Five years ago I covered political rallies in Baghdad where thousands of Iraqi Shiites chanted “leave, leave occupier.”
Last week, I made the rounds among lawmakers tied to the same political parties and heard a different complaint about America’s presence in their country.
They want more of it.
“We call on America as the builder of democracy to the defense of our country,” one lawmaker from the Shiite Badr Bloc said.
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Yeah, I did a double take, too.
I arrived here a little more than a week ago from The News Tribune for a short assignment covering Baghdad as the U.S. steps up its footprint in Iraq more than two years after combat troops left the country.
It’s as dire a situation as Iraq has ever faced. Islamic militants are at the gates of major cities. Sectarian militias have been let loose. More than 1.5 million Iraqis have fled their homes and have no idea if they’ll ever return. And Iraq has been unable to build a government that can muster a national response to the militants.
In the unrest and fear, I’m finding scenes at once familiar and new as Iraq faces its latest threat and moves into its next chapter.
Blast walls still ring entire neighborhoods. Security checkpoints still choke traffic. Electricity still cuts out every few hours, bringing a moment of silence before a generator kicks in.
Car bombs explode every other day or so, infuriating Iraqis who’ve endured them far too long.
And the city's two main religious sects — Shiite and Sunni Muslims — practically live in different worlds, just as they did when I last reported here for McClatchy Newspapers in 2009.
For the Sunnis in Baghdad, this is a time of retreat. They fear the Shiite militias that are working with the government to battle Sunni extremists outside of Baghdad. Moderate Sunnis get caught in the crossfire.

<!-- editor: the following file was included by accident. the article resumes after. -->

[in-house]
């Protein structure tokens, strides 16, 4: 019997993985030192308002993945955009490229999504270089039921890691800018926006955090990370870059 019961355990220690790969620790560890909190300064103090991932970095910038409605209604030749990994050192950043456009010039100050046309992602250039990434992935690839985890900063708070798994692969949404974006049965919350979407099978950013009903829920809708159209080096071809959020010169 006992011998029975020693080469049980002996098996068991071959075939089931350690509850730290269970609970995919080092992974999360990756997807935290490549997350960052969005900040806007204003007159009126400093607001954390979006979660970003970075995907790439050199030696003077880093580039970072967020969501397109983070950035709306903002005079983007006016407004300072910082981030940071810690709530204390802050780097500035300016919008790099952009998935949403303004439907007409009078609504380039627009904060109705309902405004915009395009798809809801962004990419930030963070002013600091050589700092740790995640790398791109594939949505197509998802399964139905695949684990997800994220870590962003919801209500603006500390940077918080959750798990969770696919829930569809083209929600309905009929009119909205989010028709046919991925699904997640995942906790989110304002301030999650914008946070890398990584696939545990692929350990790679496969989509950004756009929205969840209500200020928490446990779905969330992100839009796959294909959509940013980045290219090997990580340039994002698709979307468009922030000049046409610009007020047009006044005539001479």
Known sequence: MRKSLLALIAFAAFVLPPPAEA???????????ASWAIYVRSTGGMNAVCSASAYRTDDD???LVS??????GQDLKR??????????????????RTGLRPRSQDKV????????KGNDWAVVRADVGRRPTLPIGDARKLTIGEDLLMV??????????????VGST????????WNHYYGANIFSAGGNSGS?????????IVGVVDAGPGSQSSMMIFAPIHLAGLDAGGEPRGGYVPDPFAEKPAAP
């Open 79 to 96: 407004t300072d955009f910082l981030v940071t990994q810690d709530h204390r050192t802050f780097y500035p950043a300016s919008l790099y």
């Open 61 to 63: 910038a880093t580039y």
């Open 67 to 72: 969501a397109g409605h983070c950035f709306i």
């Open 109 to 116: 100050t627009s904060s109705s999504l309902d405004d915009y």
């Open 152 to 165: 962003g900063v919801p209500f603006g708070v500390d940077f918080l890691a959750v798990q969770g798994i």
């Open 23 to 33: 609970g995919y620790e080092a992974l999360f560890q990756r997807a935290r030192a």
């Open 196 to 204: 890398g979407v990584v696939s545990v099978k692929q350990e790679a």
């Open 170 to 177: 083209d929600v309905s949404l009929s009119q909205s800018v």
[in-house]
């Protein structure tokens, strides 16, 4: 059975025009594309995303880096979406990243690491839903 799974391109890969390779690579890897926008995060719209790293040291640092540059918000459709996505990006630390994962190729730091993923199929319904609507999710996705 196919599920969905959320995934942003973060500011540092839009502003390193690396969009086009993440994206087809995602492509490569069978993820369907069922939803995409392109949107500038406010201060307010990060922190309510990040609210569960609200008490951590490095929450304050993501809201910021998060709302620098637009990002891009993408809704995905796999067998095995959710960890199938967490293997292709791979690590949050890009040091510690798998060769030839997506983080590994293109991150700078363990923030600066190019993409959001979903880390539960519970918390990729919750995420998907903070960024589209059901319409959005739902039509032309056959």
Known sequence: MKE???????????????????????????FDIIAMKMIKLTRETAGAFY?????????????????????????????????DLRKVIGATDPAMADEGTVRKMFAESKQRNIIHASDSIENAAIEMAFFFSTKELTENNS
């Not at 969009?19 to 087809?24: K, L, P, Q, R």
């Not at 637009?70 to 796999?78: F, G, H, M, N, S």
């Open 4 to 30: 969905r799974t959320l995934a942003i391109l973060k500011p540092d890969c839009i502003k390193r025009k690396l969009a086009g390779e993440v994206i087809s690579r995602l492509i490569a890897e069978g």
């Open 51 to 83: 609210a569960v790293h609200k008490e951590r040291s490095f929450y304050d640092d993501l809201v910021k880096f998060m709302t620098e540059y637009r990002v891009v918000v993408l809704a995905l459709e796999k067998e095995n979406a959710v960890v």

The Shiites, meanwhile, walk tall believing they have the muscle to defend the city and protect their neighborhoods even as they mourn the soldiers and land they have lost to the Islamic State militants this year.
Every side wants American military assistance, as long as it’s used against someone else.
It’s a progression of the same trends that tore apart Iraq after the American invasion of 2003.
But Baghdad feels different, too.
New restaurants have sprouted all over the central part of the city, some of them with knockoff American names such as Pizza Hat, Krunchy Fried Chicken and Burger Queen.
It’s easier to get around the city, as long as the government doesn’t shut a major road or bridge.
Commercial districts are packed with people buying nice clothes and showing them off on hot days.
One of my partners watched a stream of well-dressed and preening young people parade into the Mansour Mall last week. Women wore scarves of many colors and sparkly shirts that clung to their sides. Men showed off their biceps in tight-fitting shirts.
“I love Iraqi women. It’s like they live for the day,” my friend said, admiring the latest outfits. You wouldn’t know you were in a city that could ignite in a moment’s notice if not for the many times you’re frisked by a guard to see if you’re wearing a suicide vest as you walk into a business.
Today my friend and I were hungry for lunch. We walked outside my hotel, hailed a taxi and made our way to a tasty kebab restaurant near Iraq’s National Theater.
It’s not the kind of thing we did so casually the last time I was in Baghdad.
Back then, I did not leave my hotel without at least two of my Iraqi partners from the McClatchy Baghdad Bureau accompanying me. We did not take random taxis on the street; it was too risky in a city full of sectarian militias looking to send a message to the occupiers.
The occupiers are gone. The militias are still here. They’re just looking for different targets.